For those who wonder, in my growing revulsion of the escalation of violence among people and against animals, I haven’t shifted into pacifism entirely. Though some are now saying so, I’m not sure Bonhoeffer did either. Yes, we all should shift toward a Sermon on the Mount peace ethic and drag our feet very slowly into war. As praying people we should all read Mark Twain’s War Prayer and think long and hard about how we think about our enemy. And we shouldn’t always be at war – war for oil, turf wars, class wars, race wars, holy wars, war for revenge.

If I was preaching this Sunday (the week Obama vetoed a defence spending bill – only the fifth defence spending bill ever vetoed in US History) I would title my message “The Emergency of Peace.” We need to take it more seriously. The UK has capped defence spending at 2% of the GDP. The US should as well. We should figure out how to use communication  technology to promote peace and turn the world against violence instead of spending another trillion on a high-tech killing machines. Something is wrong when our headlines read: She kills people from 7,850 miles away.

However, for me, there is some measure of justification for a human rights war – Kurds getting gassed by Saddam…. the Kurds are like the Jews, everyone hates them…

The Kurds have no friends but the mountains.” -Kurdish Proverb.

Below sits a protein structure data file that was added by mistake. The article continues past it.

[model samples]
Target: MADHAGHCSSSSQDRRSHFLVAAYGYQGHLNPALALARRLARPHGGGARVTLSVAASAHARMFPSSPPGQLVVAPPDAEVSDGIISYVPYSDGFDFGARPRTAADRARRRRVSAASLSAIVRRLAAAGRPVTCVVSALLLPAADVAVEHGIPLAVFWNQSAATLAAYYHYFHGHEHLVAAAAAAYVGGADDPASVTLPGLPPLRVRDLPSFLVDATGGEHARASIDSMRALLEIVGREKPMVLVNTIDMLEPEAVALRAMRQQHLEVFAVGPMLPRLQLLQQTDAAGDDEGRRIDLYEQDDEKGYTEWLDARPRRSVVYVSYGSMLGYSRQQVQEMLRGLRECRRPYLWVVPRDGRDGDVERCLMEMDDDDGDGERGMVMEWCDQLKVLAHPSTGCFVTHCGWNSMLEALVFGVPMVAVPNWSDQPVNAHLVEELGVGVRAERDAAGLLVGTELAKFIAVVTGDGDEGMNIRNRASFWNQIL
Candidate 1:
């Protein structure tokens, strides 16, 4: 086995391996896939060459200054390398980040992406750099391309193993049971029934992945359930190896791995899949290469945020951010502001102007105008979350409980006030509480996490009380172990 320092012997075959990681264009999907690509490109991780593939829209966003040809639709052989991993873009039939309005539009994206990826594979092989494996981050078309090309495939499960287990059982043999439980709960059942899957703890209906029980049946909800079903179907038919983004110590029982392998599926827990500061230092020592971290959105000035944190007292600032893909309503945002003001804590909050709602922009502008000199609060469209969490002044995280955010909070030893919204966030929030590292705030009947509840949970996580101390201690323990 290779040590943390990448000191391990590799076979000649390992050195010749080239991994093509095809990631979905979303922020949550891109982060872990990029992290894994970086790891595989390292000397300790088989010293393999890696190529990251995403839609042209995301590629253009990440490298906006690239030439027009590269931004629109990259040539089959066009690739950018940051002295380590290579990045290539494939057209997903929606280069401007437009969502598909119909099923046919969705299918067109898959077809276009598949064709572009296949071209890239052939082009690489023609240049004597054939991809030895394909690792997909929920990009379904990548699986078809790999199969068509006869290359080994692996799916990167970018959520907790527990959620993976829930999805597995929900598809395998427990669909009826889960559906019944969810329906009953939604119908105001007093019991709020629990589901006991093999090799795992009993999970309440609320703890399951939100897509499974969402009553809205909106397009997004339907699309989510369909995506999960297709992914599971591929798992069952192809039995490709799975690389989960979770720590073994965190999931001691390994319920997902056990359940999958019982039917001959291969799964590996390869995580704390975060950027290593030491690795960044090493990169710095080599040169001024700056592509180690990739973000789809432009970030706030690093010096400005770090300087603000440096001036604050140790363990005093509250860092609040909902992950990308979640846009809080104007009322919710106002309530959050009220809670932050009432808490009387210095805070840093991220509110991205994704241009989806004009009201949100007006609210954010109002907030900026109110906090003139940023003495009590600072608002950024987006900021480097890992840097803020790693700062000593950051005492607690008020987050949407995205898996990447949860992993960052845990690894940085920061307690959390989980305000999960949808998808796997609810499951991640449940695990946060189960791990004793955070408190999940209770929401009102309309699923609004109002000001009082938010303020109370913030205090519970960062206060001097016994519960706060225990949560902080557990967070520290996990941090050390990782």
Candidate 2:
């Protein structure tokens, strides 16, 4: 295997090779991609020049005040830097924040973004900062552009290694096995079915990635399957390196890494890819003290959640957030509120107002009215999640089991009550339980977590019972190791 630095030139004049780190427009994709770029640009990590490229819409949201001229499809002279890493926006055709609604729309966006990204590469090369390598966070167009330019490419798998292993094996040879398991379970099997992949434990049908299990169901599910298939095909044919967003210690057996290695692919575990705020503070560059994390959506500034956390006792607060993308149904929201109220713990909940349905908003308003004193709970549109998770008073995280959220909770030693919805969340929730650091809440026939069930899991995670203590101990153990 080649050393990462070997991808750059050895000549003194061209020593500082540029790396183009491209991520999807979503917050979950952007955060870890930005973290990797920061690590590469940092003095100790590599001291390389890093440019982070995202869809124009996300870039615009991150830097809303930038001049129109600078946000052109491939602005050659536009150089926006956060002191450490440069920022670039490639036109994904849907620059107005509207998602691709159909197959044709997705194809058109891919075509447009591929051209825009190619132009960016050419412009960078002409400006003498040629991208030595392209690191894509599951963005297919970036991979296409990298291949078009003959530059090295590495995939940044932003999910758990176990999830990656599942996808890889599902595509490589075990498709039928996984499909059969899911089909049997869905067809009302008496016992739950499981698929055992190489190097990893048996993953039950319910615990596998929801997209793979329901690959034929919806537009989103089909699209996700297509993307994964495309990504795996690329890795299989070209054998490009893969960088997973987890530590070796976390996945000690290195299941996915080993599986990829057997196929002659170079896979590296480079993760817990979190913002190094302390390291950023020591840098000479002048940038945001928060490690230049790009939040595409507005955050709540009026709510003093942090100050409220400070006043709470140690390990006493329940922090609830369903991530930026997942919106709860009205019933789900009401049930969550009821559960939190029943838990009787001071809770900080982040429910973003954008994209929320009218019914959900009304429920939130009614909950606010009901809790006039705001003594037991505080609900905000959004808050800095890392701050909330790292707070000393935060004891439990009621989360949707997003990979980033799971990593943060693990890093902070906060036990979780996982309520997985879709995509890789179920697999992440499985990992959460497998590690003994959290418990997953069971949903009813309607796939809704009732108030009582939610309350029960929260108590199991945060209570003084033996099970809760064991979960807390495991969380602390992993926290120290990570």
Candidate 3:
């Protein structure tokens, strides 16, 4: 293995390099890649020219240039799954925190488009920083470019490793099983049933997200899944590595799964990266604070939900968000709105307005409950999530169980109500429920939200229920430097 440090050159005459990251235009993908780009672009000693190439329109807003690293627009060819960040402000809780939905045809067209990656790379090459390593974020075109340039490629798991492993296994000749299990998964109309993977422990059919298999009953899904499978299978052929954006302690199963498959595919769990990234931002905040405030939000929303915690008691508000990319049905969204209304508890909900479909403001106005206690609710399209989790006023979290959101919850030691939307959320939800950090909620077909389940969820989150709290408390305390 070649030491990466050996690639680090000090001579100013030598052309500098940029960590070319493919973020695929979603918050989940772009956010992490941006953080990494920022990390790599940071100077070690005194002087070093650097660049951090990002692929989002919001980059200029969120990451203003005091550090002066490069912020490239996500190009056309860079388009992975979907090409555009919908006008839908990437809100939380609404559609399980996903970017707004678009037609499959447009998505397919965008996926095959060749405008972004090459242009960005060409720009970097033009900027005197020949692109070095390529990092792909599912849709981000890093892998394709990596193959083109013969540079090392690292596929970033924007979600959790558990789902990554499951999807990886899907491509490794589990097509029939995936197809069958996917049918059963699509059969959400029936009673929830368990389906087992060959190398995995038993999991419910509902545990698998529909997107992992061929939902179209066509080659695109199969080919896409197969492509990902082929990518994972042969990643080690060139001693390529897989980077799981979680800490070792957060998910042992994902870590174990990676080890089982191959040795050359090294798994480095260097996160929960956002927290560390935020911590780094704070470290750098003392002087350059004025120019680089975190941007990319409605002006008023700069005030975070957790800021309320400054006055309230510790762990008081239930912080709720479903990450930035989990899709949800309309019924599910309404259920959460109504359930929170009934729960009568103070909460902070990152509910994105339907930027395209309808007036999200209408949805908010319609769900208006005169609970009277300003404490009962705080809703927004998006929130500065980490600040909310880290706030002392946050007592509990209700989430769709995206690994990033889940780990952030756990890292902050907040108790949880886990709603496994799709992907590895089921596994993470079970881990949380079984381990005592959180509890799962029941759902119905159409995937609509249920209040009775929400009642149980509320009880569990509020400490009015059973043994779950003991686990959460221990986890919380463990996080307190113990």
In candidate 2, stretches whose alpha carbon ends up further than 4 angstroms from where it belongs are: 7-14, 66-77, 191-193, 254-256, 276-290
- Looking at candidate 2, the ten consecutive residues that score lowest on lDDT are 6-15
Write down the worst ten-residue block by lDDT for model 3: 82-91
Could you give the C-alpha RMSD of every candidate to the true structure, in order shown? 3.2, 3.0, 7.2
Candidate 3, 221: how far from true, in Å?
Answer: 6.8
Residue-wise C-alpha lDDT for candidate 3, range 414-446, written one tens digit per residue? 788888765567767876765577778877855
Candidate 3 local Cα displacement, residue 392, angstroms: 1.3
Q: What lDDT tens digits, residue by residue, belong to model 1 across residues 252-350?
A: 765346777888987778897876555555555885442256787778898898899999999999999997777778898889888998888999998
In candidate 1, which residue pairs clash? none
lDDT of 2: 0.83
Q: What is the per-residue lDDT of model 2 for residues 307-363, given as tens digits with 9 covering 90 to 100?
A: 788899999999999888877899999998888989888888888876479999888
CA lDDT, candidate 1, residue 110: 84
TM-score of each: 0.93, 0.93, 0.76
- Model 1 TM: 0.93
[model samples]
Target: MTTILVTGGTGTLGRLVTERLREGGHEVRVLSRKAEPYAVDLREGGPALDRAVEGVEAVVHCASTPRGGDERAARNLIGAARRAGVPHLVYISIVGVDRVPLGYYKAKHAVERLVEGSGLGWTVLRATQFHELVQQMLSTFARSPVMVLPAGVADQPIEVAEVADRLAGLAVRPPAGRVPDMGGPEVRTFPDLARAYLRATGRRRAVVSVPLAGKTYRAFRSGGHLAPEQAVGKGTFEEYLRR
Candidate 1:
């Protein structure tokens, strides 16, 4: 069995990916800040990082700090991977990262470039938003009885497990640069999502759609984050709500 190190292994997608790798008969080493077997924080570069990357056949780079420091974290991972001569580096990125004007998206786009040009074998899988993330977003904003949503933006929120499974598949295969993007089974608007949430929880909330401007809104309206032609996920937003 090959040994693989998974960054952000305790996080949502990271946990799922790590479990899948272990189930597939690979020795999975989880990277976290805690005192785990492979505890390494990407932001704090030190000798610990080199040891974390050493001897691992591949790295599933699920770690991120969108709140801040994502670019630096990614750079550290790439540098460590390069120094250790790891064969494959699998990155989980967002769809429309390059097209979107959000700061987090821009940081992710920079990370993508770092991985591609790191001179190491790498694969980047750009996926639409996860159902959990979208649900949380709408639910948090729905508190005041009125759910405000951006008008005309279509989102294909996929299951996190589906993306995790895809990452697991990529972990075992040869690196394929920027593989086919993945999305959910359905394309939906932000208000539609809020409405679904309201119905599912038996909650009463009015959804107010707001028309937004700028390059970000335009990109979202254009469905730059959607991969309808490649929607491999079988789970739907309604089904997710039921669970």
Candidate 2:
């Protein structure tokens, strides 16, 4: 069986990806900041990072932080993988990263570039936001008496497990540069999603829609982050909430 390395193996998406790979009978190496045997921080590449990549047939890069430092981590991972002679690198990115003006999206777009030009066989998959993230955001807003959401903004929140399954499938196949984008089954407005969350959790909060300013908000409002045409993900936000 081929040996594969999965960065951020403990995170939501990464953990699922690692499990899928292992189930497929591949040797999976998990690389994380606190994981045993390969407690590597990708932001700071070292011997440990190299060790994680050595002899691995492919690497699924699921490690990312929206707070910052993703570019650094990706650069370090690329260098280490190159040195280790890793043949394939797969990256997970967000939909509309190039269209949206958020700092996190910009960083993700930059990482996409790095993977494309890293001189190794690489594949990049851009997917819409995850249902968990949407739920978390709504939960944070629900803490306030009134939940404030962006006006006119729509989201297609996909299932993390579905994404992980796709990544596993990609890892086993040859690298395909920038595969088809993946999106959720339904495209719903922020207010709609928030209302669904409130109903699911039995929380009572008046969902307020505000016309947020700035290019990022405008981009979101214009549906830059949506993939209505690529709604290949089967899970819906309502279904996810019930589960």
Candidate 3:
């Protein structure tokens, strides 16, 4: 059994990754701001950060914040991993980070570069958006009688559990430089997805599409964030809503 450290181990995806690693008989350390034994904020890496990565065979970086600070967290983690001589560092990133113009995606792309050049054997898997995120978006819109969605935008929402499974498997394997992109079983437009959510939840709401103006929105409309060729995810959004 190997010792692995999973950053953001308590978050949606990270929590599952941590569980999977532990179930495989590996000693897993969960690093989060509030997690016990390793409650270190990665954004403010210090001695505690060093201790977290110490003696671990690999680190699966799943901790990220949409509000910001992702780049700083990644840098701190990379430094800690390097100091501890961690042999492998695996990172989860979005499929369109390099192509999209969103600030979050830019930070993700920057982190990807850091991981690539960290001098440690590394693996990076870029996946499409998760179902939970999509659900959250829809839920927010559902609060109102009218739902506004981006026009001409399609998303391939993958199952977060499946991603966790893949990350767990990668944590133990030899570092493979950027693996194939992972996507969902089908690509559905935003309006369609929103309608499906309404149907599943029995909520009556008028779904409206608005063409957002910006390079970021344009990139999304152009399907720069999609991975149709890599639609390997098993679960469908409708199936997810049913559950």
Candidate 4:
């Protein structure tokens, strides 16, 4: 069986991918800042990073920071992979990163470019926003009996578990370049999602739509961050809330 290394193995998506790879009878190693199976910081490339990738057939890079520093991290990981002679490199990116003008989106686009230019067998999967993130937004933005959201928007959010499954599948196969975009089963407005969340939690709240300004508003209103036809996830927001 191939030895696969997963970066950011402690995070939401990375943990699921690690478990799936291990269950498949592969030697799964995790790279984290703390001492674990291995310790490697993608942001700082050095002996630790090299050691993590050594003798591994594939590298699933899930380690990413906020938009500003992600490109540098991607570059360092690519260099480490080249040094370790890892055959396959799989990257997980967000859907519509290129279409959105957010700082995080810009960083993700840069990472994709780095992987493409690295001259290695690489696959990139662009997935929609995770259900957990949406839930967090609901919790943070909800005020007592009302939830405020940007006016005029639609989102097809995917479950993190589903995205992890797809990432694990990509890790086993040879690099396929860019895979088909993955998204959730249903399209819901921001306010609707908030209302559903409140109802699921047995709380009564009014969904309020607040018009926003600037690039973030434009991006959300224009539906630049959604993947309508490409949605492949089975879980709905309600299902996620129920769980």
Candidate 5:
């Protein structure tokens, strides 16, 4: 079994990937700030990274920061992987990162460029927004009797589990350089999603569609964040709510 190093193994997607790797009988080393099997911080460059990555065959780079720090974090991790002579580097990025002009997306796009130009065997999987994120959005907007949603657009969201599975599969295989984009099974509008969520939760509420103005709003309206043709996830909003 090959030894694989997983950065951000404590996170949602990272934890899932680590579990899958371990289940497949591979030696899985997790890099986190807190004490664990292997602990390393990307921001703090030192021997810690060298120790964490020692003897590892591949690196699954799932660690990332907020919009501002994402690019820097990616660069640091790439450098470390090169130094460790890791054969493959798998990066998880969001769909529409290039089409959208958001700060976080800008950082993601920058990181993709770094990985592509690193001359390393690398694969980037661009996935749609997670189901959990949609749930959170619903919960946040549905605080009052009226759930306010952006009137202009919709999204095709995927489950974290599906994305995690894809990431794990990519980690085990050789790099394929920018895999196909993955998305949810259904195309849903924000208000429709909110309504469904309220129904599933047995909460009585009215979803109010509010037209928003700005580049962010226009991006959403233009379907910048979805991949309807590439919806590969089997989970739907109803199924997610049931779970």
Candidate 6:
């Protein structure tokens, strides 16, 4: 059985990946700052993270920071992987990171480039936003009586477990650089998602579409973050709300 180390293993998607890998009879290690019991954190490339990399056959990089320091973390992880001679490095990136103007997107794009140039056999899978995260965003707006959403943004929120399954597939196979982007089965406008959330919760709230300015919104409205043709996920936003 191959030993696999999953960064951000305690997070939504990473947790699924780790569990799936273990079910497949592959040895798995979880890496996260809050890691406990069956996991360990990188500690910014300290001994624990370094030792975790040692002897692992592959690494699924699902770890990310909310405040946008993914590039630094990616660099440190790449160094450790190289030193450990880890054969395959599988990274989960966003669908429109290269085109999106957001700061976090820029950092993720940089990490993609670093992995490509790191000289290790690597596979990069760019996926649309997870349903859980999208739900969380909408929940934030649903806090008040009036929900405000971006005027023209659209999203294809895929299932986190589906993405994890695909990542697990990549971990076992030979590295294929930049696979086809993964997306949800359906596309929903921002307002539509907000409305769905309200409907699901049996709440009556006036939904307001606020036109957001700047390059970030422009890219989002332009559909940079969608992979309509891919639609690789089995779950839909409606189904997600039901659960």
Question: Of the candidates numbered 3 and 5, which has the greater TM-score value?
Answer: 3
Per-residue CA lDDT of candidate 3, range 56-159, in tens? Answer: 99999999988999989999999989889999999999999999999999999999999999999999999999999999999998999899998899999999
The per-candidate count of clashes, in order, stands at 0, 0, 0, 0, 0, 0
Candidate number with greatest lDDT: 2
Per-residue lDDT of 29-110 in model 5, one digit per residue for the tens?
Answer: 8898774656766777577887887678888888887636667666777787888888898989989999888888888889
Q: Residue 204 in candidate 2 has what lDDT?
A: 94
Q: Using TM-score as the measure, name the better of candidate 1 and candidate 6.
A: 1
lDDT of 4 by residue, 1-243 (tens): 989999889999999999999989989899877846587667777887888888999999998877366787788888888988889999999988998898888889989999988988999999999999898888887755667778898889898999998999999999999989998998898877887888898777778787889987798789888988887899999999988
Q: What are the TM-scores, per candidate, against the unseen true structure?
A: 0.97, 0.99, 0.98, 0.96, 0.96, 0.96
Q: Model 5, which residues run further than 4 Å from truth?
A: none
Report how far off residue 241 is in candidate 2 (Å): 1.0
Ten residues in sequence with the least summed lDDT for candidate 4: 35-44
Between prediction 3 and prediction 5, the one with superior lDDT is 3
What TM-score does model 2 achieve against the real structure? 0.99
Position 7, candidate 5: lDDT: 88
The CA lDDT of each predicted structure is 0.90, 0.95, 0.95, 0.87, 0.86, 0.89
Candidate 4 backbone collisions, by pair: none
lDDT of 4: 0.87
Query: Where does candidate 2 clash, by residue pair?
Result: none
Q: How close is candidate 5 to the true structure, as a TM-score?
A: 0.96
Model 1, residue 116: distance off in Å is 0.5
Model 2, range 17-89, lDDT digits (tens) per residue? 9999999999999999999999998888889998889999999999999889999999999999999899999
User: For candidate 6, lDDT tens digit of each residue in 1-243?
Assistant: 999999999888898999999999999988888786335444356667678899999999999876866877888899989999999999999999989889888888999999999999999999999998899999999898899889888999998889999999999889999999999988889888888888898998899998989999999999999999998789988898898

My friend Joel Richardson asks in his documentary, shouldn’t Kurdish people have better friends than mountains?  Answer, yes.

Or Saddam’s sons driving through the streets of Baghdad looking for happy couples walking hand in hand, a man with a nice looking woman… then grabbing the man, throwing him in a wood chipper and raping his wife.

I was thinking this morning about the ethics of war, on Bonhoeffer and about the first killing of a human being. Imagine… if there were three brothers in the field that day not two; Cain, Abel and their other brother Larry? How would that change our discussion about the ethics of war? If only there were a brother’s keeper in the field that day.

Seems to me, at this point in my thinking, only a brother’s keeper war can even be remotely justified. Perhaps our War for Independence from British oppression and our Civil War could be construed as brother’s keepers wars. Certainly I wouldn’t be here in the UK now typing these things if the Allied Forces didn’t play the role of the brother’s keeper against Hitler’s murderous expansion. Not sure how the Christian sits by in that type of instance.

I’ve been ask to pray at the homecomings of our battalions and shaken the hands of soldiers coming home. I’ve pastored the parents of soldiers and soldiers themselves. The way I say it is: It is a God-like thing to do to send a son or daughter in harm’s way on behalf of the welfare of others. In this brother’s keepers war sense only can war be construed as a greater love… laying down lives for others. Even so, I’ve always said divorce always involves sin and I’ll add so does war. In the case of divorce God made an allowance for the hardness of humans hearts. Maybe there is a similar grace for a brother’s keeper war. And maybe for once we can try to drop relief instead of bombs and see if the Scripture isn’t true that it’s like heaping burning coals on the heads of our enemies.